Rae, meanwhile, flashed top-tier ability as a junior prior to two serious knee injuries and the latter is the only thing dinging this grade a bit for USC. If Rae returns to full strength, then this duo could re-establish the position for years. But, through no fault of his own, there’s a very real chance he cannot after two major surgeries, and that risk is baked into this grade

Grade A-

Offensive Line

Needed: 5

Signed: Tilini Livai‍, Gino Quinones‍, Jason Rodriguez‍ 

Here’s the major letdown of the recruiting class, and a place where the meager on-paper results are made even worse by the context surrounding them.

Last year, USC signed two offensive linemen in February – junior college offensive tackle Bernard Schirmer later joined the team in fall camp – largely due to a very weak class on the West Coast. That wasn’t as disastrous as it seemed thanks a stellar crop of talent in talent 2019. The thought was that USC could load up with as many as five players to offset their light 2018 group, which would also insulate them in case more prospects don’t emerge in the 2020 class, which, to date, is closer to 2018 in quality than 2019.

You know what happened next. USC nabbed one of its top priorities in Jason Rodriguez, then proceeded to strike out over and over and over again on everyone else –  Sean Rhyan, Jonah Tauanu’u, Troy Fautanu, Nathaniel Kalepo, Sama Paama and, finally, Enokk Vimahi plus out-of-state region tackle Dawand Jones on the late signing period. They couldn’t even nab an endgame consolation prize in Hunter Hill, who signed with Utah State.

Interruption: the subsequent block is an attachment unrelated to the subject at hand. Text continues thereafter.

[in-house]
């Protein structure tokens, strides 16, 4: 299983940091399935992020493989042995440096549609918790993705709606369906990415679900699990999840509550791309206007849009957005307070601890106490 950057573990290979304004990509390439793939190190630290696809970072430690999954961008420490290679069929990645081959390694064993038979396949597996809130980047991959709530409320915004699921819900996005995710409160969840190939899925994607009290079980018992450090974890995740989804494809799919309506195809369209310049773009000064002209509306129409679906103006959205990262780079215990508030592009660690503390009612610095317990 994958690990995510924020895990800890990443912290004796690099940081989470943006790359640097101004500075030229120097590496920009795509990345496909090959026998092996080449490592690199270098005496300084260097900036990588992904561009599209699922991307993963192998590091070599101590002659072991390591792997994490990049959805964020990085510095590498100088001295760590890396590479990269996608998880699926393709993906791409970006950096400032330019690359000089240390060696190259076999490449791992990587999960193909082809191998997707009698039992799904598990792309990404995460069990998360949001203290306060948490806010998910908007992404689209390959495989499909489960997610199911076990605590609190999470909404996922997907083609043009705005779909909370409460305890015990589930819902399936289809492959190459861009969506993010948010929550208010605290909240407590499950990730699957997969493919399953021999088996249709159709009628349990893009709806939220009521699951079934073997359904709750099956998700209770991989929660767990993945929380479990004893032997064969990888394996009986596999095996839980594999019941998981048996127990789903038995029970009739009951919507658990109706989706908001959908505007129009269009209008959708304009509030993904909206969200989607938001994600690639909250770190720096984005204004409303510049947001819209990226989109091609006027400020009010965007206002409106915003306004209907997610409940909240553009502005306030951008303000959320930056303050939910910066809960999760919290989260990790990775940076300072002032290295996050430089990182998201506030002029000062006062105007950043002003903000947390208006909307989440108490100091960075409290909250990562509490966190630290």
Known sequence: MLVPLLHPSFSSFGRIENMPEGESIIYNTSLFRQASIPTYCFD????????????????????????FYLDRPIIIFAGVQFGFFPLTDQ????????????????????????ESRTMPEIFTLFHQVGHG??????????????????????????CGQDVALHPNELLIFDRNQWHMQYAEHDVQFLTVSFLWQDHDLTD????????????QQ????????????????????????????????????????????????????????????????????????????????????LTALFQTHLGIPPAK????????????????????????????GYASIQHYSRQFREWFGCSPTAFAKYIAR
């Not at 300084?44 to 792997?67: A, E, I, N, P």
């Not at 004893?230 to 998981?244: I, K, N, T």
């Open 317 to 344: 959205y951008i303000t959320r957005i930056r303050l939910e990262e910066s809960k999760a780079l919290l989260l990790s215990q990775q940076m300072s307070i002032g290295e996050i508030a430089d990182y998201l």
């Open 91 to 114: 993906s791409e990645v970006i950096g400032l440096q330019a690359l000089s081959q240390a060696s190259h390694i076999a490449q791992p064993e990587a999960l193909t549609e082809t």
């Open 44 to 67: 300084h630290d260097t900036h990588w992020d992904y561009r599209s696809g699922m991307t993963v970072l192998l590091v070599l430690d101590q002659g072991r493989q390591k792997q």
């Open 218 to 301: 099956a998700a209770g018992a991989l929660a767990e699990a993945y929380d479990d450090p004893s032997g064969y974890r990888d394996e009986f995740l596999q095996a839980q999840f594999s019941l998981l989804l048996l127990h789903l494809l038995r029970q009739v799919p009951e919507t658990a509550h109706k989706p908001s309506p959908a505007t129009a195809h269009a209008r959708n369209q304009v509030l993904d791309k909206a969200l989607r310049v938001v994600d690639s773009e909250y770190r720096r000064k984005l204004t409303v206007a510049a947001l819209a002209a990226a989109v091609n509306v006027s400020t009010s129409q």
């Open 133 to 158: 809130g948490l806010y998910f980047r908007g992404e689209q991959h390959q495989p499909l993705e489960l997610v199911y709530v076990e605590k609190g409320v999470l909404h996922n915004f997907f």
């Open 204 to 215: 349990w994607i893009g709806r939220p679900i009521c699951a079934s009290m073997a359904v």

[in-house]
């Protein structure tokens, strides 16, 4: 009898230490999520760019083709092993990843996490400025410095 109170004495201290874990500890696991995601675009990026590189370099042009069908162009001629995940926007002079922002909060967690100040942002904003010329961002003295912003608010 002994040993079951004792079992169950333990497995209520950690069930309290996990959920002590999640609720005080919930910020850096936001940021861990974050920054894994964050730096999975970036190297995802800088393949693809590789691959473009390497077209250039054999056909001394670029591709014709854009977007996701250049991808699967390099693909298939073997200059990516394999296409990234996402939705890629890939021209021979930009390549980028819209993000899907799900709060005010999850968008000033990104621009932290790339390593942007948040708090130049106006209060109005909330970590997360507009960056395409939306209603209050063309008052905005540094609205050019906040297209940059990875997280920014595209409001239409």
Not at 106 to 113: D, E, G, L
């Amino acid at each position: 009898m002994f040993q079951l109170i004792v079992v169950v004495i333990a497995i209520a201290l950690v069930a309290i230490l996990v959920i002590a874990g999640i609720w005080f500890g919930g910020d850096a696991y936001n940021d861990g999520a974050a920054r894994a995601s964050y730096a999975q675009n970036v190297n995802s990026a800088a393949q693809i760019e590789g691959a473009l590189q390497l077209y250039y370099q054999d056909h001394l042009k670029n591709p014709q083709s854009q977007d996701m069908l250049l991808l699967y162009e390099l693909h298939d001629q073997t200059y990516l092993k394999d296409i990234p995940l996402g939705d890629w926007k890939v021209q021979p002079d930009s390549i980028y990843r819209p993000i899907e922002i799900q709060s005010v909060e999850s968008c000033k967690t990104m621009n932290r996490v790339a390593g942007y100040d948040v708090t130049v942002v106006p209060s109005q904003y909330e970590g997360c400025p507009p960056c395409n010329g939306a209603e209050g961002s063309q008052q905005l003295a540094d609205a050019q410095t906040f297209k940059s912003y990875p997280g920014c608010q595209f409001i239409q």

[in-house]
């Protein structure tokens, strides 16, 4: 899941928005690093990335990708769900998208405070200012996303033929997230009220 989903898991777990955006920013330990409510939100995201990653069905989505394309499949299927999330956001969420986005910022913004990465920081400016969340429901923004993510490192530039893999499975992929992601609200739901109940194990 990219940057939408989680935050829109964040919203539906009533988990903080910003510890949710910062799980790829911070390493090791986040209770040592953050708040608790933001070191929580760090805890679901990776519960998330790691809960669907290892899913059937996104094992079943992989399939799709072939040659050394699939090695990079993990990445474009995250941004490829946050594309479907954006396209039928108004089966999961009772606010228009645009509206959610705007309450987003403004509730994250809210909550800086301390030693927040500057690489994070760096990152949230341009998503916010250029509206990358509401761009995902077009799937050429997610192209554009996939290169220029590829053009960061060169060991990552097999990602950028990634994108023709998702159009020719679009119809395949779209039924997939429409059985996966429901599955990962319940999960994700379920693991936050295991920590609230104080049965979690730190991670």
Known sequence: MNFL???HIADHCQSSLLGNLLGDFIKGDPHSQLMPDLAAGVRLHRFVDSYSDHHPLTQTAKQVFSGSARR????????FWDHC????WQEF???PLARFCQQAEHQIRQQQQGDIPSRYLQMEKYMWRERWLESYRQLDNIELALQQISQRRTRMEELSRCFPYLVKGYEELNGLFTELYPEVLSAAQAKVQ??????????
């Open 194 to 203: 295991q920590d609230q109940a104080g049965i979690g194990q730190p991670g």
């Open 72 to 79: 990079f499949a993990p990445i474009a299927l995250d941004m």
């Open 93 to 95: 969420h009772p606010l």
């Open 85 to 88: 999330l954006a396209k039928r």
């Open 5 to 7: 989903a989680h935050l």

This stings on several levels. For starters, USC is at least one and probably two bodies short on the offensive line a year removed from graduating three-fifths of its starters. The lack of depth is especially pronounced at offensive tackle, which only featured four full-time players – utility lineman Liam Douglass could be a fifth – prior to this signing period and none who were younger than a redshirt sophomore. Neither Livai nor Quinones project to play the outside, which now makes Rodriguez possibly the most important recruit in this class. Simply put, he has to pan out as a right tackle – we won’t get into how much it hurts that, for two classes running, there’s no potential left tackle – or else the cupboard could run dangerously bare if Austin Jackson, who will be draft eligible after next season, opts to turn pro.

It’s an unfair position to put Rodriguez in, because offensive linemen are notoriously difficult to project out of high school. For that matter, it’s an unfair position to put the entire class in, because missing on so many top targets practically makes it incumbent on all three players to succeed in varying degrees, or else the Trojans will feel a depth crunch sooner than later. Tim Drevno is the type of teacher who can make that happen but Quinones in particularly will need more development time after spending most of his high school career on defense and one has to wonder how much he’ll now be afforded.

It’s a mess that USC just shouldn’t be in and it’s the sort of trend that can’t just reverse itself in one year, either. Point blank, this has now become the biggest positional worry on the entire roster moving forward.

Grade: C-